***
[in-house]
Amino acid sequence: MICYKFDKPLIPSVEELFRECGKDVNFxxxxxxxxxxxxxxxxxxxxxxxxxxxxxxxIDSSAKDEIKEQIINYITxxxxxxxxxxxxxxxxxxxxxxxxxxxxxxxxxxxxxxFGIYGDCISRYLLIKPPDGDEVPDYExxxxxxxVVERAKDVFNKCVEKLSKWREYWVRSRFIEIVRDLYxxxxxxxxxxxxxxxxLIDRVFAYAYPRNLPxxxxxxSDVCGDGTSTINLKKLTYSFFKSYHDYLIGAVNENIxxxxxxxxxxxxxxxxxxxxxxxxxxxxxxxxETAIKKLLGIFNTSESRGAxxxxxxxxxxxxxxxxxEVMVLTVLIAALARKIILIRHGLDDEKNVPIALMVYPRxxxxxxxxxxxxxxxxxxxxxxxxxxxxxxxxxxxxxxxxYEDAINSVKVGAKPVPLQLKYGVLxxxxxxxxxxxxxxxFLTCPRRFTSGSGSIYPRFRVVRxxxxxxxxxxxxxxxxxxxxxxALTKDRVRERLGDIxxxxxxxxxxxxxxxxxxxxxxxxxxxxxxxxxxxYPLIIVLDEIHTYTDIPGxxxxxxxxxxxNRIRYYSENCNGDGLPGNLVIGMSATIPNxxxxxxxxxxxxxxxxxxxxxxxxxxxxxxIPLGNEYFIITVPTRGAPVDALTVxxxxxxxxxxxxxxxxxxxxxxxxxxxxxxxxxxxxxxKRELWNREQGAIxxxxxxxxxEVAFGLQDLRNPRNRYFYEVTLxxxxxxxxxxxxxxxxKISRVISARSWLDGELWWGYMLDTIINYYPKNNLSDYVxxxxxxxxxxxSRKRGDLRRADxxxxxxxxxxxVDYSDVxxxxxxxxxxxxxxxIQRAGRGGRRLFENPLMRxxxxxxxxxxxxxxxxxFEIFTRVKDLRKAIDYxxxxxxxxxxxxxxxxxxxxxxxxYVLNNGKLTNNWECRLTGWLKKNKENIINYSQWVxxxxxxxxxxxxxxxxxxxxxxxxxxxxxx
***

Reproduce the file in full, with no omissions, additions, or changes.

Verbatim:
[in-house]
Amino acid sequence: MICYKFDKPLIPSVEELFRECGKDVNFxxxxxxxxxxxxxxxxxxxxxxxxxxxxxxxIDSSAKDEIKEQIINYITxxxxxxxxxxxxxxxxxxxxxxxxxxxxxxxxxxxxxxFGIYGDCISRYLLIKPPDGDEVPDYExxxxxxxVVERAKDVFNKCVEKLSKWREYWVRSRFIEIVRDLYxxxxxxxxxxxxxxxxLIDRVFAYAYPRNLPxxxxxxSDVCGDGTSTINLKKLTYSFFKSYHDYLIGAVNENIxxxxxxxxxxxxxxxxxxxxxxxxxxxxxxxxETAIKKLLGIFNTSESRGAxxxxxxxxxxxxxxxxxEVMVLTVLIAALARKIILIRHGLDDEKNVPIALMVYPRxxxxxxxxxxxxxxxxxxxxxxxxxxxxxxxxxxxxxxxxYEDAINSVKVGAKPVPLQLKYGVLxxxxxxxxxxxxxxxFLTCPRRFTSGSGSIYPRFRVVRxxxxxxxxxxxxxxxxxxxxxxALTKDRVRERLGDIxxxxxxxxxxxxxxxxxxxxxxxxxxxxxxxxxxxYPLIIVLDEIHTYTDIPGxxxxxxxxxxxNRIRYYSENCNGDGLPGNLVIGMSATIPNxxxxxxxxxxxxxxxxxxxxxxxxxxxxxxIPLGNEYFIITVPTRGAPVDALTVxxxxxxxxxxxxxxxxxxxxxxxxxxxxxxxxxxxxxxKRELWNREQGAIxxxxxxxxxEVAFGLQDLRNPRNRYFYEVTLxxxxxxxxxxxxxxxxKISRVISARSWLDGELWWGYMLDTIINYYPKNNLSDYVxxxxxxxxxxxSRKRGDLRRADxxxxxxxxxxxVDYSDVxxxxxxxxxxxxxxxIQRAGRGGRRLFENPLMRxxxxxxxxxxxxxxxxxFEIFTRVKDLRKAIDYxxxxxxxxxxxxxxxxxxxxxxxxYVLNNGKLTNNWECRLTGWLKKNKENIINYSQWVxxxxxxxxxxxxxxxxxxxxxxxxxxxxxx